ART 2019 Election platform – Policy on the big issues – global warming
Too many corporations have become rent seekers with little serious commitment to investing in R&D, product and service innovation …… many of these corporations have been at the heart of deflecting attention at the political level from what most Australians believe is a must do reform in the third wave – urgent attention to decarbonizing our economy.
Terry Moran AC
To increase the transparency, accountability and policy integrity of Australia’s response to global warming.
The current problems
The current crisis in trust for MPs and governments is due in large part to the failure of successive governments to heed the scientific evidence that has for decades indicated an urgent need to substantially reduce greenhouse emissions.
A lack of leadership, timidity in the face of the enormous transformation needed to decarbonize the economy and the revenue potential of Australia’s massive remaining reserves of fossil fuels are factors in the inaction.
Also at play are the vested interests of the mining and big energy using sector that has heavily invested in undermining the evidence and public opinion. It also uses its considerable wealth to influence political parties. In 2017-18 fossil fuel companies donated a total of $1.3m to the Labor, Liberal and National parties.
The mining lobby spent almost $5m on political campaigning in 2016/17 alone. The sector has run a concerted campaign to undermine scientific evidence using fake consultants and cherry-picked data, delaying real action for decades.
Numerous ministers and staff have stepped into well-paid lobbying roles in the fossil fuel sector soon after leaving office – John Anderson, Mark Vaile, Martin Ferguson, Craig Emerson, Greg Combet, and Helen Coonan. These people are very well connected, have insider knowledge from their former roles, are able to ‘open doors’ and often remain involved and influential in their respective political parties.
As global warming accelerates with more frequent and more extreme events – bushfires, droughts and heatwaves – the public is demanding more action and the business sector more policy certainty. It has become evident that the cost to the country of inaction is much higher than that required to cut emissions.
Government claims to be on track to meet 26-28% cuts in emissions below 2005 levels yet the most recently published data shows a rise in greenhouse emissions for 4 years in a row and levels in 2030 likely to be higher than today. The Government’s $2b extension of the Climate Solutions Fund has been criticised for not tackling major sources of emissions.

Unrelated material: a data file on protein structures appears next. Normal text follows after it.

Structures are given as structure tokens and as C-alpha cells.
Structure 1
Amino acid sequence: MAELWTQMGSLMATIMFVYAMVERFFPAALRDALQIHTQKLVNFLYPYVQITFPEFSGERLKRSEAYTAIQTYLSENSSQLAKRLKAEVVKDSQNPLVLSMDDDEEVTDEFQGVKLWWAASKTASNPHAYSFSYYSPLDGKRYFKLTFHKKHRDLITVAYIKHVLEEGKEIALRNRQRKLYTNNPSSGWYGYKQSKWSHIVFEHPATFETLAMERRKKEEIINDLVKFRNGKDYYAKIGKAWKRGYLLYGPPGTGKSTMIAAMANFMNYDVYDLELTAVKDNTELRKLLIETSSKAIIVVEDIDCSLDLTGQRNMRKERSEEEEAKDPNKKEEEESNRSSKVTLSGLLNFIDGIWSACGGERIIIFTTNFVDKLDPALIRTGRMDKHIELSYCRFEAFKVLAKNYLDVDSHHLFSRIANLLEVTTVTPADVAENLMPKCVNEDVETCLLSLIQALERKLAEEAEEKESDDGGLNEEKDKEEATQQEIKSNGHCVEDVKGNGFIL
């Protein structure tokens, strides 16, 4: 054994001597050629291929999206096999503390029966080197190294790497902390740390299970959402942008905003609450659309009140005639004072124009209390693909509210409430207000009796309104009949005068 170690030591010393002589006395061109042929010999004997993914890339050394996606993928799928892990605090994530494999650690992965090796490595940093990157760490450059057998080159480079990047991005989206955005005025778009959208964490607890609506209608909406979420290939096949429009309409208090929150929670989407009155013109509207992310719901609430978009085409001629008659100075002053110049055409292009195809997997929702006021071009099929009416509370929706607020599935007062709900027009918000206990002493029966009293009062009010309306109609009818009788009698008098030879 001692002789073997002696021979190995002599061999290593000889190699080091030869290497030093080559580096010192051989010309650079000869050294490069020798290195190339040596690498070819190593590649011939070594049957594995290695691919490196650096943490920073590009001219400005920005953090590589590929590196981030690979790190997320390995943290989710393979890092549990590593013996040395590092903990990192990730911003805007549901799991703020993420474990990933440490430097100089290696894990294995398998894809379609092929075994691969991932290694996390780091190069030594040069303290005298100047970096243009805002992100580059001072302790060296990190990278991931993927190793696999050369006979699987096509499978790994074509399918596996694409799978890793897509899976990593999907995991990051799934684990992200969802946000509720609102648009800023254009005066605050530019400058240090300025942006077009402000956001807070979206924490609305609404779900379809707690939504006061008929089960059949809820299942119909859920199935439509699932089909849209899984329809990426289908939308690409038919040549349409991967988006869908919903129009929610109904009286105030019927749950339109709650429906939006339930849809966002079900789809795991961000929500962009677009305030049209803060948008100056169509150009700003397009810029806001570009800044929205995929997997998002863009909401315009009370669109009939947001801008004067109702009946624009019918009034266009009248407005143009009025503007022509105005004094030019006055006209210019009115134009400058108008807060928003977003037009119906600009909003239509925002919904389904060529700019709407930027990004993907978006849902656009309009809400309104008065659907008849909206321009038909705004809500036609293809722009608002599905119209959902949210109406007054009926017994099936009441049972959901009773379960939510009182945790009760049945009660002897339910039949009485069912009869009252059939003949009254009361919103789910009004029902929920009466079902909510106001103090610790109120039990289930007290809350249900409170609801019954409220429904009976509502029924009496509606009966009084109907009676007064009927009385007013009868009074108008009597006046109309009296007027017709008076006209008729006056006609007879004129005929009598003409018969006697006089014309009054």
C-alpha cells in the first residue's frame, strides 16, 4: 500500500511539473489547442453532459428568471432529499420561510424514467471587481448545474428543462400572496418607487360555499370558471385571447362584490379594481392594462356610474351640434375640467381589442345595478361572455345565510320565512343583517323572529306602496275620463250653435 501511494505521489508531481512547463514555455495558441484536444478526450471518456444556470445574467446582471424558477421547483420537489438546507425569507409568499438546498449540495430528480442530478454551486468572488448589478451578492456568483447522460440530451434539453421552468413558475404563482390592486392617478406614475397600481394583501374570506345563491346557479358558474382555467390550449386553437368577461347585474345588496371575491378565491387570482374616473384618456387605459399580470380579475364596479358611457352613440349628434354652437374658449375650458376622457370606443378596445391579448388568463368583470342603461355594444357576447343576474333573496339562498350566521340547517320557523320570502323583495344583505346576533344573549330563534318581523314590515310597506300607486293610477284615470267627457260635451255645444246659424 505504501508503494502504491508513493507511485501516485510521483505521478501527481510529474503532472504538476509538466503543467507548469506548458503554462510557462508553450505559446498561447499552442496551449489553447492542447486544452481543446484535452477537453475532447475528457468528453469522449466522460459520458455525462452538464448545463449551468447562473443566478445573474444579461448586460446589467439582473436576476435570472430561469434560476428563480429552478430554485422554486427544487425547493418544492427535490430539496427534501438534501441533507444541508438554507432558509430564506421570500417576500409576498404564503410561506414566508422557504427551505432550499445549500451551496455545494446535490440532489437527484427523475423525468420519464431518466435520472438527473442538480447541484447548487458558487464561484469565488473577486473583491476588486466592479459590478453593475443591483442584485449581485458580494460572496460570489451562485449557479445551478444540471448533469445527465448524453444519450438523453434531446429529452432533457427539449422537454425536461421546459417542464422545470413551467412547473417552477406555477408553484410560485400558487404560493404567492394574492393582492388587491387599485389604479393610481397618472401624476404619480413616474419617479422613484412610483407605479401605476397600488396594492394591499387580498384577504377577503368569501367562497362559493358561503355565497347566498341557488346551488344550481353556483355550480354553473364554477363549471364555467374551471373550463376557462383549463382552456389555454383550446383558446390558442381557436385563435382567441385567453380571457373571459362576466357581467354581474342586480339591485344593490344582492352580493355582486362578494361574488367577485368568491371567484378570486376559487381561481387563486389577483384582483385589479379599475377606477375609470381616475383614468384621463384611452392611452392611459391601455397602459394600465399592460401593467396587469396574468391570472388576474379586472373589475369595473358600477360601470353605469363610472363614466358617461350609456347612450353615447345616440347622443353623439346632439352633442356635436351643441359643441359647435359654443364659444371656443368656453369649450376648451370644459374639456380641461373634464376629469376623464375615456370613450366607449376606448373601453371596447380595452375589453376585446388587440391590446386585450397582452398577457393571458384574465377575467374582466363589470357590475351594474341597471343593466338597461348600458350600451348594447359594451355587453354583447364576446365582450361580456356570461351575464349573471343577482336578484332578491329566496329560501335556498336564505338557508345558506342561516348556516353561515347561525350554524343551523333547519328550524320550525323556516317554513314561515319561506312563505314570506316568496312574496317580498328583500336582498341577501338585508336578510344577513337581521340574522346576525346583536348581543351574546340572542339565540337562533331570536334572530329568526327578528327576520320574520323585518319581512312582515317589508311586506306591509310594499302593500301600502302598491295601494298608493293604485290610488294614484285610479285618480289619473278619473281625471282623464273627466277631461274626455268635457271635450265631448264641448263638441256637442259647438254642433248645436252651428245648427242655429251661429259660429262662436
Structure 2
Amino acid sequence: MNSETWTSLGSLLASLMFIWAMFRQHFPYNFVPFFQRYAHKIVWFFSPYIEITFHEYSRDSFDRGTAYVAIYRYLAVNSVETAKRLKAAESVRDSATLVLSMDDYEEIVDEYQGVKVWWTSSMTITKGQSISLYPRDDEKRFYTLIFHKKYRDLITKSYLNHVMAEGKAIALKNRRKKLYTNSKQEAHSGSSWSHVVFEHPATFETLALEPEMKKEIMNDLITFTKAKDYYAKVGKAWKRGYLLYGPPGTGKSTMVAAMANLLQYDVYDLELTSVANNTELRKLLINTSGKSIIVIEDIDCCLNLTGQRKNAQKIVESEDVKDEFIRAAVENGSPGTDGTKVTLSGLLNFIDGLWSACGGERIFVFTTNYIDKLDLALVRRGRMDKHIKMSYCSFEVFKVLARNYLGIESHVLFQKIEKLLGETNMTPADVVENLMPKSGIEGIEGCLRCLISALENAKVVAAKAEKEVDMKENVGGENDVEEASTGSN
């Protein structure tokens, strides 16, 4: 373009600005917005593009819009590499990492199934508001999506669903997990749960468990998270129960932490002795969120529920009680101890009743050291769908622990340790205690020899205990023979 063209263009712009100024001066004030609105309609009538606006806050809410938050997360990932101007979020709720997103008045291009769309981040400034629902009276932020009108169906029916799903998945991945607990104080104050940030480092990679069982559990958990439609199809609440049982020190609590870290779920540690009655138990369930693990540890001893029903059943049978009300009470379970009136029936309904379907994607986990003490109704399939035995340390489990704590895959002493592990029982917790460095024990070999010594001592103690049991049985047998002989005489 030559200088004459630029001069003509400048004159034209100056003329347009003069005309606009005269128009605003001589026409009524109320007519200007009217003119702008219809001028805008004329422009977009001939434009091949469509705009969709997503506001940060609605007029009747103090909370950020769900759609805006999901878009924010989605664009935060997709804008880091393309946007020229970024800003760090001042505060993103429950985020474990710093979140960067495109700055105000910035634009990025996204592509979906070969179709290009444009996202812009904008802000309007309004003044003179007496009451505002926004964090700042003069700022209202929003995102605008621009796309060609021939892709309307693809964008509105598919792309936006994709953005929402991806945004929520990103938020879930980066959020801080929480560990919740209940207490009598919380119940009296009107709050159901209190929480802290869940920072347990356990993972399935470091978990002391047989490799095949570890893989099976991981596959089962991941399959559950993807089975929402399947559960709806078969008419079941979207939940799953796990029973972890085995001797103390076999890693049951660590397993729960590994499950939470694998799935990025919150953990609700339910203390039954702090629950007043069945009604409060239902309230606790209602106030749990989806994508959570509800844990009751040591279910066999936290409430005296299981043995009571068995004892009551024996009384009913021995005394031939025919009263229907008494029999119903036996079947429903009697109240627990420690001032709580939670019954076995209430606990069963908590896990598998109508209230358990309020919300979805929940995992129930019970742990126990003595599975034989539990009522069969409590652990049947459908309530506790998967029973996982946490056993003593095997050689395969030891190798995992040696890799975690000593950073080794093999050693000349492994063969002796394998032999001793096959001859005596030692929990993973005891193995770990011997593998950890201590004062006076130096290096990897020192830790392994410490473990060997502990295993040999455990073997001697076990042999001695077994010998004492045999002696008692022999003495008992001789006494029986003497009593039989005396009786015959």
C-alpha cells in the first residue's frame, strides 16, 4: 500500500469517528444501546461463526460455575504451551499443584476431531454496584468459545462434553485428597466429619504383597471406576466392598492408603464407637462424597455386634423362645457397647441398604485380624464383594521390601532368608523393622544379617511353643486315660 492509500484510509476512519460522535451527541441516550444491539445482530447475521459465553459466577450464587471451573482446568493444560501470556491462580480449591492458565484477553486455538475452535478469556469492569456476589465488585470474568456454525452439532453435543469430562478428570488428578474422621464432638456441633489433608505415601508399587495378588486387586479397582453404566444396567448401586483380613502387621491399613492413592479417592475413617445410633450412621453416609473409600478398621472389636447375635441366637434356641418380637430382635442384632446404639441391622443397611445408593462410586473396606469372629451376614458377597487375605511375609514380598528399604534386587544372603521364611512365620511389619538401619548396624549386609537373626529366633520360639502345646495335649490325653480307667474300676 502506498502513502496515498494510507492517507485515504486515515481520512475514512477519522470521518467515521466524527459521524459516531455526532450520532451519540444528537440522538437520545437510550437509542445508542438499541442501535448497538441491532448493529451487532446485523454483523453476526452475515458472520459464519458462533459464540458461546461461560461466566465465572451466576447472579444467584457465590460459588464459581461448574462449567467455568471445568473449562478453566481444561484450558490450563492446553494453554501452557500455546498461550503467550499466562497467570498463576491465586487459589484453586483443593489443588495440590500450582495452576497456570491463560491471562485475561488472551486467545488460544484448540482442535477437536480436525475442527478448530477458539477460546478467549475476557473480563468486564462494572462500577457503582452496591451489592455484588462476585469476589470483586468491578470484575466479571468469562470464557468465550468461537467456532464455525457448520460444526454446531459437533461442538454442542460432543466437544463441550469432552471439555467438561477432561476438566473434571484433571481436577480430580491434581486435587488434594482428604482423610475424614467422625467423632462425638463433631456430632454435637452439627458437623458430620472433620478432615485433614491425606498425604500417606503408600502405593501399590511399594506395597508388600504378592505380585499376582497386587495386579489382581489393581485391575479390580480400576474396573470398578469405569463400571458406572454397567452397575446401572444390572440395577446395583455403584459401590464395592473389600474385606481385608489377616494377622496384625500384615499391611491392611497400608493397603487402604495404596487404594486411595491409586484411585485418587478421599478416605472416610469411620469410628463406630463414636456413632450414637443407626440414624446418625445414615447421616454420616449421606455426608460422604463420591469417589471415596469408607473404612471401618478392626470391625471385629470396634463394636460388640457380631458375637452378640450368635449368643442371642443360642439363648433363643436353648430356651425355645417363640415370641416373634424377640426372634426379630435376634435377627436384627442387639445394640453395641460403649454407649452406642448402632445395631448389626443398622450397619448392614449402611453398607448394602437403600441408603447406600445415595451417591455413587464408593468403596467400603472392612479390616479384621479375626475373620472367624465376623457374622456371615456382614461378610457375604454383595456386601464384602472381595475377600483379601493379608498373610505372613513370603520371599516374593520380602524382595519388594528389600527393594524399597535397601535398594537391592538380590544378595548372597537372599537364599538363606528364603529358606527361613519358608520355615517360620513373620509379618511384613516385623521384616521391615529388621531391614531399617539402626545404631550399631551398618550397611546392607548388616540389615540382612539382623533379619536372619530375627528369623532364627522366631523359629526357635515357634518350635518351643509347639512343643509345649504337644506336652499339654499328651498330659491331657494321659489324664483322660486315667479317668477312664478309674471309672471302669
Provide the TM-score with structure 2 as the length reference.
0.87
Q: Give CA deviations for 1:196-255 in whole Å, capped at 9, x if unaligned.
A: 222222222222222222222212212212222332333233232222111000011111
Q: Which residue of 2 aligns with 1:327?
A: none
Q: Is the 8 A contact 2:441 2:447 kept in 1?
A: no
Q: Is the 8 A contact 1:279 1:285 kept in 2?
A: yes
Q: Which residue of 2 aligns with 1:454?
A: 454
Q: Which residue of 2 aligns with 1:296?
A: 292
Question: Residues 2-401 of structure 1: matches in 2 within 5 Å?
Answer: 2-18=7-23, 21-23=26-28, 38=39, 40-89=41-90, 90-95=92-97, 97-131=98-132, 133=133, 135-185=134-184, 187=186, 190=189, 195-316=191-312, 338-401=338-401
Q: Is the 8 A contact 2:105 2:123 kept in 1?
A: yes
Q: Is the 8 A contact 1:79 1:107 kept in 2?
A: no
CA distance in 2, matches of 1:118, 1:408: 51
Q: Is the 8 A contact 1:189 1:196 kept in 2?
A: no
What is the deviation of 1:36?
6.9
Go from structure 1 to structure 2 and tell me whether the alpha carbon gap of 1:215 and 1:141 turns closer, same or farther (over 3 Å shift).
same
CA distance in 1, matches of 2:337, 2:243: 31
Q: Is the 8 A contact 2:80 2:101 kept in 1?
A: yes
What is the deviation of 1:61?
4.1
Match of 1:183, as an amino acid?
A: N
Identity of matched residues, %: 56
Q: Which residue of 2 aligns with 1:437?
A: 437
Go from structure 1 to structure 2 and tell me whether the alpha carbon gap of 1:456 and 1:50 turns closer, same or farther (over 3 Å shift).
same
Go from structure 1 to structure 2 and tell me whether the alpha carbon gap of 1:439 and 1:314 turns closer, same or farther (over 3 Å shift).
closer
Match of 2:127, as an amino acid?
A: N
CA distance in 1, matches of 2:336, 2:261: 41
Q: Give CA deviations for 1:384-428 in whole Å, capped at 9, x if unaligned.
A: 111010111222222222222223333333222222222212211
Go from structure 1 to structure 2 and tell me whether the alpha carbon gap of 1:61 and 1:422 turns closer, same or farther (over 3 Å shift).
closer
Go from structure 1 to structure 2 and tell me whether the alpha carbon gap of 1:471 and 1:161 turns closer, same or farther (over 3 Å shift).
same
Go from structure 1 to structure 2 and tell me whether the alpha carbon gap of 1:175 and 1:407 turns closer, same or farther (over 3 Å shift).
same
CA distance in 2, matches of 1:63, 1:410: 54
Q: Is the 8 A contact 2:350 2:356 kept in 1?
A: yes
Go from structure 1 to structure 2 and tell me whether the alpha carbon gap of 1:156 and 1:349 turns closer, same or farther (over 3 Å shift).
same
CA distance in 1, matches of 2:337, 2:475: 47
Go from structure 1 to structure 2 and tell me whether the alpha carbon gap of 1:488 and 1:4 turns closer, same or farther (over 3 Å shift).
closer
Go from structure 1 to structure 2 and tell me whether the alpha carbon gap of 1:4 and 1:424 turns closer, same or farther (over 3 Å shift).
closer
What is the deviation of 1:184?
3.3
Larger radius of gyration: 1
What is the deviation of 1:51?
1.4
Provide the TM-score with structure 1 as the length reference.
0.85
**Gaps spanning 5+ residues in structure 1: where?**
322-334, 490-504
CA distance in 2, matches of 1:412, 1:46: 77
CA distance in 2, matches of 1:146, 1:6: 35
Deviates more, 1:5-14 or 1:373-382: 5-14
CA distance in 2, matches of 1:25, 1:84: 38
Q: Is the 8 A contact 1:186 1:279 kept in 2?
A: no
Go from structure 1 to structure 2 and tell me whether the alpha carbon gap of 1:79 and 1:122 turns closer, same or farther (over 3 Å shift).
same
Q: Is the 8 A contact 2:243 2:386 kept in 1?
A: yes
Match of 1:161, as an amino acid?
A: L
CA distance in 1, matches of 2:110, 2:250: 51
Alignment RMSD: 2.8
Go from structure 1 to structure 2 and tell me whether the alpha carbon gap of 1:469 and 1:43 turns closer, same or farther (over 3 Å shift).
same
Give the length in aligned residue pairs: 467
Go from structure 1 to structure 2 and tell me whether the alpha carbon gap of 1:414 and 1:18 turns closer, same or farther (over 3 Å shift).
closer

The reforms that are needed
- An evidence-based, whole of environment and whole of government approach to enforcing regulation and creating environmental improvement.
- A transparent mechanism such as a carbon tax to drive down emissions
- A larger role for governments in finding solutions to decarbonizing Australia’s economy, drawing on the experience of civil society, business and the public.
- Caps on donations to political parties and candidates from individuals and organisations, caps on election campaign spending, real time disclosure of donations and uniformity of the political donation regime across Australia
- Extension of the cooling off period to 3-5 years for retiring members of parliament, including ministers, before which they can take up private sectors positions related to their parliamentary responsibilities and penalties for breaches.
Environmental issues are managed in Australia in a piecemeal fashion with lack of jurisdictional clarity, Federal environment laws that are watered down or bypassed. Governments have fostered divisive debate about city vs. country, jobs and growth vs. the natural environment.
Examples of poor management include the recent logging outside declared logging areas in Victoria in part caused by inadequate mapping, and lack of ongoing oversight and management. We have very sketchy knowledge of the species existing in Australia and their levels of decline.
The outright corruption in water theft in the Murray Darling basin is widely known but not acted upon until the matter became a media story.
There are opportunities to strengthen the effectiveness of holistic environmental monitoring and reporting and to ensure a prescribed regularity and transparency to this reporting. There are further opportunities to ensure better communication and network action between civil society and government agencies in monitoring and reporting effects of environmental decline and bringing it to public attention